Before Zunz's time, Jewish writings and literary works had never been subjected to "modern" methods of historical and literary criticism and research. For this reason, it had been thought that the main body of Jewish thought was of a static character with little or no relation to the changing social and cultural circumstances of each new era. Jewish orthodox traditionalism helped to confirm this view. Zunz's studies changed this. He proceeded on the principle that what was essential in Judaism must and does remain inviolate but that continual reform and renewal must take place. Zunz achieved his purpose through a series of published studies. In 1832 he published Die Gottesdienstlichen Vorträge der Juden. This was a study of the inner development of Hebrew literature against the background of concrete historical events. His method was new; the wealth of historical and philological details brought to bear on Hebrew literature was new. He followed this with his German translation of the Hebrew Bible (1837).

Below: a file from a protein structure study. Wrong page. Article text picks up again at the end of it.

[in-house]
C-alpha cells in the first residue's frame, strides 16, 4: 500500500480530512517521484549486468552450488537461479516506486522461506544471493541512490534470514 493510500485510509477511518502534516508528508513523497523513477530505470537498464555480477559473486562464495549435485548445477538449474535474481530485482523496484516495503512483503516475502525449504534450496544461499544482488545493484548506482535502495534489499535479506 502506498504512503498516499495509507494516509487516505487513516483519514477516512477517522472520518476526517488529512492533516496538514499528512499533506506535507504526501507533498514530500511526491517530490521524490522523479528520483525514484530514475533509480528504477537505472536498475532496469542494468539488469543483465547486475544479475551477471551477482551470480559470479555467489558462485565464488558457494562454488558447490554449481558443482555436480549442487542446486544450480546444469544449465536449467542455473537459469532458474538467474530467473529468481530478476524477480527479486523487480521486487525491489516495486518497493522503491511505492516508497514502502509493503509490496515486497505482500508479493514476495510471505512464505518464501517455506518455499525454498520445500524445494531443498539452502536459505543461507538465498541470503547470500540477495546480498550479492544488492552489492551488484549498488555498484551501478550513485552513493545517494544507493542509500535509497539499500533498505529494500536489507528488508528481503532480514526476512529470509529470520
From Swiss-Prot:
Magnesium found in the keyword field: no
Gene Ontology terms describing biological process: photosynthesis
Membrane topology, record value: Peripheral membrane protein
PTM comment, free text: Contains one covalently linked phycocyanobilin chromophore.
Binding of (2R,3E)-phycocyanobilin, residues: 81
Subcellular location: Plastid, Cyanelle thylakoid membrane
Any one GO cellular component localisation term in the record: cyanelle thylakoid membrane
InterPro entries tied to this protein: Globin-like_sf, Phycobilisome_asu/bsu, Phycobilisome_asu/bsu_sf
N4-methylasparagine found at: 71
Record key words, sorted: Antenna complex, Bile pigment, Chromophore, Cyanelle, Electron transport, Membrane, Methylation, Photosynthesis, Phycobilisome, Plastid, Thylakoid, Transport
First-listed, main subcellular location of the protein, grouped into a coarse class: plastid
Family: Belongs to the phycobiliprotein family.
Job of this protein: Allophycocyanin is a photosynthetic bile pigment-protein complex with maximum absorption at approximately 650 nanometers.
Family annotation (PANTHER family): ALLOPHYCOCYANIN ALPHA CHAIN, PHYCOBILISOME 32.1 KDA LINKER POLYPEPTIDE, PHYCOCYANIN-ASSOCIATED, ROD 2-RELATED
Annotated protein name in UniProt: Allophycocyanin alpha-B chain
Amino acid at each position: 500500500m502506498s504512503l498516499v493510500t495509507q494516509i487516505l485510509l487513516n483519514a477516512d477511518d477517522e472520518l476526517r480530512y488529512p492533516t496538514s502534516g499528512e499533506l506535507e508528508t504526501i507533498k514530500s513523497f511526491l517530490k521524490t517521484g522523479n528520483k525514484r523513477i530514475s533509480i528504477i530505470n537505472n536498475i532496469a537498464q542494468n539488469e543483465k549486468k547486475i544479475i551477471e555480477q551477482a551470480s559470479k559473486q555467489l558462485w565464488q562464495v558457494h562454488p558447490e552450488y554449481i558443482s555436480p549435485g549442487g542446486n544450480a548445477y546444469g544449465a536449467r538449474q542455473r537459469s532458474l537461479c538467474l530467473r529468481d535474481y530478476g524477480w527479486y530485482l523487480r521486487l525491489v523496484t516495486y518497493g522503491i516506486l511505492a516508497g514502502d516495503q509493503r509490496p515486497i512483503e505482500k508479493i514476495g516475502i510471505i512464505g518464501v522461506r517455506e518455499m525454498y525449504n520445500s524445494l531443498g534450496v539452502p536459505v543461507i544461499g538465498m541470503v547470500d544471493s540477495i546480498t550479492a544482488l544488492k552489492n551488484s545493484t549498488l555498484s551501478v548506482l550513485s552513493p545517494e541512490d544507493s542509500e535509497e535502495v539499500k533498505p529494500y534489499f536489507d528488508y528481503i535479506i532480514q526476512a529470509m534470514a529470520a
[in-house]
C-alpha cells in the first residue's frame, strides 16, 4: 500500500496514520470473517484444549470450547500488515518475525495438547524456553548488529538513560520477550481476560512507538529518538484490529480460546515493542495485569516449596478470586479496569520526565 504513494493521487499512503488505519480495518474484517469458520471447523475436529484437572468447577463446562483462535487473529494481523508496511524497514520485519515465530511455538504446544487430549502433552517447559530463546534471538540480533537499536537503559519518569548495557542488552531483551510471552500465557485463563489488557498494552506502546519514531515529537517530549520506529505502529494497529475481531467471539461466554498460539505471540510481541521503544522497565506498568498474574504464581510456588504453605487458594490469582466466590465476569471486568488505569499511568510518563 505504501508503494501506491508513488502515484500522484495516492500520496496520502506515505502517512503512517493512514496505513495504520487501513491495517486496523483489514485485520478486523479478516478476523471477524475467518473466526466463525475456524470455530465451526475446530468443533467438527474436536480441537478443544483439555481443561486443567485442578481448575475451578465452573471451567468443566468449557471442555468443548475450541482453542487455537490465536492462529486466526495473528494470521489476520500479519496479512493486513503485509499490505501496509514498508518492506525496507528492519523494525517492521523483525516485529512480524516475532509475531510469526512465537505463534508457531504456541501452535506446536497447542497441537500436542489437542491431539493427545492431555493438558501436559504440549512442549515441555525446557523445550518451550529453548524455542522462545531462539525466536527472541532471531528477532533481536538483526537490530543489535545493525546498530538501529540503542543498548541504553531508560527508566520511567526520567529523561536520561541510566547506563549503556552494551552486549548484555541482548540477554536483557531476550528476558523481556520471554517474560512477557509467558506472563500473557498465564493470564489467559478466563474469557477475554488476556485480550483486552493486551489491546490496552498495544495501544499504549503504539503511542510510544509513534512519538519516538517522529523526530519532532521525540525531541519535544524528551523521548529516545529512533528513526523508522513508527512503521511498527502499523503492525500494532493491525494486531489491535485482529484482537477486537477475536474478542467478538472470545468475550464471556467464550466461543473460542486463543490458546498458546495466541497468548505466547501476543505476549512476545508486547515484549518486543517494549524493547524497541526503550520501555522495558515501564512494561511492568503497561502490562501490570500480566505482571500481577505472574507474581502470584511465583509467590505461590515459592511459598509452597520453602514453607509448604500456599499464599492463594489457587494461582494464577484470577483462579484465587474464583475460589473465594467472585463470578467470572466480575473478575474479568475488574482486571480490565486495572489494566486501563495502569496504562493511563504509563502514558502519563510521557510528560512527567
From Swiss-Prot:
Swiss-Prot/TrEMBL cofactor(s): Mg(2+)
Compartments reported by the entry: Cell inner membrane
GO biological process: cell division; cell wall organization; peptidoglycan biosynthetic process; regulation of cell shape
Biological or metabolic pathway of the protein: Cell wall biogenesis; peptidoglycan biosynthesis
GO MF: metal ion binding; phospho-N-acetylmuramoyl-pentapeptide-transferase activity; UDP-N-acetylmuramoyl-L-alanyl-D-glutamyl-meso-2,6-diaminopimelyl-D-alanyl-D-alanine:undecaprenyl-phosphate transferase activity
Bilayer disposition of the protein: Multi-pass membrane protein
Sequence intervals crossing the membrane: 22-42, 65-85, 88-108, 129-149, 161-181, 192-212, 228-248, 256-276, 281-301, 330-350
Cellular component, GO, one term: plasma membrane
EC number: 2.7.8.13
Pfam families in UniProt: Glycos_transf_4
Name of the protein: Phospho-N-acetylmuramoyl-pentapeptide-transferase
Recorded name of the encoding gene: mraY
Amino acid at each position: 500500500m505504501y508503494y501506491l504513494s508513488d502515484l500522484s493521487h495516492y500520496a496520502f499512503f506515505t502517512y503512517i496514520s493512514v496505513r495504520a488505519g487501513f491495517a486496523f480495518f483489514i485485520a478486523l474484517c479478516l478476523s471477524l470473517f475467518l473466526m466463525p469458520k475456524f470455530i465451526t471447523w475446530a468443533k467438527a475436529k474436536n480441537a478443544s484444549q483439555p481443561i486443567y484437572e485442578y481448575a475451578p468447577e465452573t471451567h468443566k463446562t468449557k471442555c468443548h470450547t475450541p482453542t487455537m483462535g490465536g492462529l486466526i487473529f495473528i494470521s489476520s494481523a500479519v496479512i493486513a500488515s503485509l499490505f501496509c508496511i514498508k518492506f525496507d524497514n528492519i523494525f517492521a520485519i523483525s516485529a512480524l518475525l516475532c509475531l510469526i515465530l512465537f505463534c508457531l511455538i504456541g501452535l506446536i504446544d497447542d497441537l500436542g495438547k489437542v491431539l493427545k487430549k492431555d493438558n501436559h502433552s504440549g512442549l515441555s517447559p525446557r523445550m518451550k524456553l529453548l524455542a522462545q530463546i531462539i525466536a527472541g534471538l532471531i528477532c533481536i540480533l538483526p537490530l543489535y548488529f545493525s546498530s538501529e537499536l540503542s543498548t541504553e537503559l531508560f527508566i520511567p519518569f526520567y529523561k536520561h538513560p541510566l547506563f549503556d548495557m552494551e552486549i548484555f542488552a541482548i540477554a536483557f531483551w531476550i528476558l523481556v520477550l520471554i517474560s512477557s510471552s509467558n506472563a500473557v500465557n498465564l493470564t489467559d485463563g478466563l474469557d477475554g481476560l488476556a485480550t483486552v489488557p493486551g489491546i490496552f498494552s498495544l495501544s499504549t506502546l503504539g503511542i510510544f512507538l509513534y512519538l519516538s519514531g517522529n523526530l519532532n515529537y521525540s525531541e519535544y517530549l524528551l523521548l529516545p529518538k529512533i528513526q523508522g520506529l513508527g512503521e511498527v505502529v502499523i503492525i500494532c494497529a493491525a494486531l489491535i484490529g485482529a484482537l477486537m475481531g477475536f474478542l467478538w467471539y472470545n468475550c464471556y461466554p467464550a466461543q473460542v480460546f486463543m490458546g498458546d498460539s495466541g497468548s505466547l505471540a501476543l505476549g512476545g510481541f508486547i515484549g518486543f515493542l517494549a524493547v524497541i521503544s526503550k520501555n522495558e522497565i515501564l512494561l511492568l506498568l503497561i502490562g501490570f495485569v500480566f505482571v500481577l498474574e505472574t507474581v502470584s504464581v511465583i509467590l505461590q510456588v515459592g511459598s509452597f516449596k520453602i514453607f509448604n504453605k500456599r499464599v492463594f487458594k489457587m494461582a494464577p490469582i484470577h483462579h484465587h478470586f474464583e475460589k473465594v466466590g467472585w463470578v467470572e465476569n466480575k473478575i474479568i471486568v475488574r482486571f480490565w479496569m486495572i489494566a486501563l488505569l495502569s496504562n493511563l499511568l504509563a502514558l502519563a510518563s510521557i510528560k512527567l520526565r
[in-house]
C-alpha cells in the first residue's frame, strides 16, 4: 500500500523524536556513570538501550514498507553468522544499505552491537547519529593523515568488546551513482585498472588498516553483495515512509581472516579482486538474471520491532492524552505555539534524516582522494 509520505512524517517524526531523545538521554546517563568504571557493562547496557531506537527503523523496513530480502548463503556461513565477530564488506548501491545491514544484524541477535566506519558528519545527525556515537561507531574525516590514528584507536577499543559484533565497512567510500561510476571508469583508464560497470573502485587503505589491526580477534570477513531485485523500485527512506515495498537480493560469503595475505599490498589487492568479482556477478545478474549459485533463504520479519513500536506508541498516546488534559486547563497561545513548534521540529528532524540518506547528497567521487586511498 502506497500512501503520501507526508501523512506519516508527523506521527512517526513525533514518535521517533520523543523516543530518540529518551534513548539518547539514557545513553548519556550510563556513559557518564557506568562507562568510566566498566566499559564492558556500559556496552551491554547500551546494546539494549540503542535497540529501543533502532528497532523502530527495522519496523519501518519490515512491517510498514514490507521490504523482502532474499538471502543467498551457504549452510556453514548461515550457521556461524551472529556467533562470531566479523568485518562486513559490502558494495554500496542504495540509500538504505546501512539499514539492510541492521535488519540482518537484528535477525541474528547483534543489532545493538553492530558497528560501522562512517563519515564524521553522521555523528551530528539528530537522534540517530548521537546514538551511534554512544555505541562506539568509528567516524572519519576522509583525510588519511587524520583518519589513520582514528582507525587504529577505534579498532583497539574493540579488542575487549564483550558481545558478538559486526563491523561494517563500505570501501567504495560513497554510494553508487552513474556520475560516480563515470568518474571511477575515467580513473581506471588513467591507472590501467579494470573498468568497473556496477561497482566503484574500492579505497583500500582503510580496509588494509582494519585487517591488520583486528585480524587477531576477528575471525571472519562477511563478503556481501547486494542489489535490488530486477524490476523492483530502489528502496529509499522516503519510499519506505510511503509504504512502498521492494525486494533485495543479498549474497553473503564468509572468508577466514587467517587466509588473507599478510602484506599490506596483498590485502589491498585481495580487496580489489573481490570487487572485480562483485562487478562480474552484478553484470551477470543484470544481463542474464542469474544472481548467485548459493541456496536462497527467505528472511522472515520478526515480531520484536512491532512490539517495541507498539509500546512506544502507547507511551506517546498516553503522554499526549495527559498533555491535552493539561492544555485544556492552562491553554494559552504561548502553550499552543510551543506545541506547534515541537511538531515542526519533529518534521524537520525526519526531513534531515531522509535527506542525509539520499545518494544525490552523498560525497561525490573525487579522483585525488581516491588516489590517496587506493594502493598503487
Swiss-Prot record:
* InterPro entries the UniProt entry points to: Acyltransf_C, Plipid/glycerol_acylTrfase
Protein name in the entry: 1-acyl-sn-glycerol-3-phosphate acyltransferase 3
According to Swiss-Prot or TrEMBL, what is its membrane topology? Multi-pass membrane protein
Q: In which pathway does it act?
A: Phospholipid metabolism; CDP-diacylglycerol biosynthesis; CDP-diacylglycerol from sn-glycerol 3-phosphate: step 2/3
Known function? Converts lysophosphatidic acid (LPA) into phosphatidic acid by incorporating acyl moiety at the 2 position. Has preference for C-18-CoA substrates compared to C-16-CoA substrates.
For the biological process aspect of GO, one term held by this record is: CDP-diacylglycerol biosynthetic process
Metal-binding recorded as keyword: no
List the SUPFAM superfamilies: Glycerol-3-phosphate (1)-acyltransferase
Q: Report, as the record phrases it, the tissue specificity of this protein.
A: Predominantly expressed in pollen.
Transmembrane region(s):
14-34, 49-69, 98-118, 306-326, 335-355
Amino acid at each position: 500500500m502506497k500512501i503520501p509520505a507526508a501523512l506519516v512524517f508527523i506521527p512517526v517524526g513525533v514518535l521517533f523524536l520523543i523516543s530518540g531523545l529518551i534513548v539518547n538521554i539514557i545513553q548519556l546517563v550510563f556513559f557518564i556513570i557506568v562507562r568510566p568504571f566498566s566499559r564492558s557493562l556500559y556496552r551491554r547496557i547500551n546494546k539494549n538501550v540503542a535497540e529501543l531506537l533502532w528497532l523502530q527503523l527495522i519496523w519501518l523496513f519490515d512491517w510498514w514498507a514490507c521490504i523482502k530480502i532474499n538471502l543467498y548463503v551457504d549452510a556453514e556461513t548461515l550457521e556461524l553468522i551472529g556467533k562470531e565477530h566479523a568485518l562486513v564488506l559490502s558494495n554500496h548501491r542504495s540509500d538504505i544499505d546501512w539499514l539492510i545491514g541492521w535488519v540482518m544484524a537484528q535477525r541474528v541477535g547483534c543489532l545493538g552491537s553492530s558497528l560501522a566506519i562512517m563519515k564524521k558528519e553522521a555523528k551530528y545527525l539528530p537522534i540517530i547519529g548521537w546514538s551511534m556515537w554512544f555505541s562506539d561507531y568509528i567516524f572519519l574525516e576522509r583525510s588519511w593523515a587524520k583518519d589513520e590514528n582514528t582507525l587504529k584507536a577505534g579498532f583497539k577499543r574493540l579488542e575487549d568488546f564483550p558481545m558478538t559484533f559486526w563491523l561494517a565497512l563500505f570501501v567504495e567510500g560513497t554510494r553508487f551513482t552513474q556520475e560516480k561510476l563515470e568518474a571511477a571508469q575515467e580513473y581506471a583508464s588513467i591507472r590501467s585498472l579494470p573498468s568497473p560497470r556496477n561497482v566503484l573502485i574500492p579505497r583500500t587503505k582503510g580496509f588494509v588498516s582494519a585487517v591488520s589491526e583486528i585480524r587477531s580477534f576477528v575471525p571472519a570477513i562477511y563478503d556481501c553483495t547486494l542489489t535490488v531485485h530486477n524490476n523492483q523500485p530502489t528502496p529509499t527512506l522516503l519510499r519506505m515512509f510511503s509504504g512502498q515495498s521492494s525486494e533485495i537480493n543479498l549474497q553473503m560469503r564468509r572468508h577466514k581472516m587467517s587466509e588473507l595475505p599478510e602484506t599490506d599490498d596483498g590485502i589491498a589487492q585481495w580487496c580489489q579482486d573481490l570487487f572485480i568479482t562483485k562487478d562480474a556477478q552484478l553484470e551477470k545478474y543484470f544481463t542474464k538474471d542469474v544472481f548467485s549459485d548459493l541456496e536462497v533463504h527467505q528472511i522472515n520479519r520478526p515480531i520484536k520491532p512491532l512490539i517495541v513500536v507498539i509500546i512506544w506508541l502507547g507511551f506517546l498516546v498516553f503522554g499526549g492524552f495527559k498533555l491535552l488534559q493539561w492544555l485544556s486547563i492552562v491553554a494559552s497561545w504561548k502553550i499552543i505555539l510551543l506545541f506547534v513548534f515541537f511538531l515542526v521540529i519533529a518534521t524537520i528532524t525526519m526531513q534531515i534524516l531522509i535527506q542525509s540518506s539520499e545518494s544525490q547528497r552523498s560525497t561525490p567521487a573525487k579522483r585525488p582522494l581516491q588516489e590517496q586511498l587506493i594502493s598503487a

In 1845 Zunz published Zur Geschichte und Literatur. In this he not only located medieval Jewish literary works within the general context of European literature; he successfully demonstrated the inner relationships and mutual influences exercised between the various phases of Jewish religious speculation and thought throughout the different literary types: Talmud, synagogal poetry, Cabala, and so on. Zunz took up synagogal poetry in three subsequent works analyzing the poems as a literary genre and relating them to other Hebrew forms, to European forms, and to historical events. Zunz's other works were published in three volumes as Gesammelte Schriften (1875-1876). He died in Berlin on March 18, 1886.
Some information on Zunz appears in Heinrich H. Graetz, History of the Jews (6 vols., 1891-1898), and Solomon Schecter, Studies in Judaism, Series III (1924). □
Leopold Zunz (lā´ōpôlt tsŏŏnts´), 1794–1886, German Jewish scholar. His critical research on Judaism became one of the cornerstones of the
"science of Judaism,"
the modern approach of studying Judaism and Jewry in the context of the general history of humanity, particularly in its progress. Part II of his Synagogale Poesie des Mittelalters (1855) was translated as The Sufferings of the Jews during the Middle Ages (1907).
See the letters of Leopold and Adelbeid Zunz, ed. by N. N. Glatzer (1958).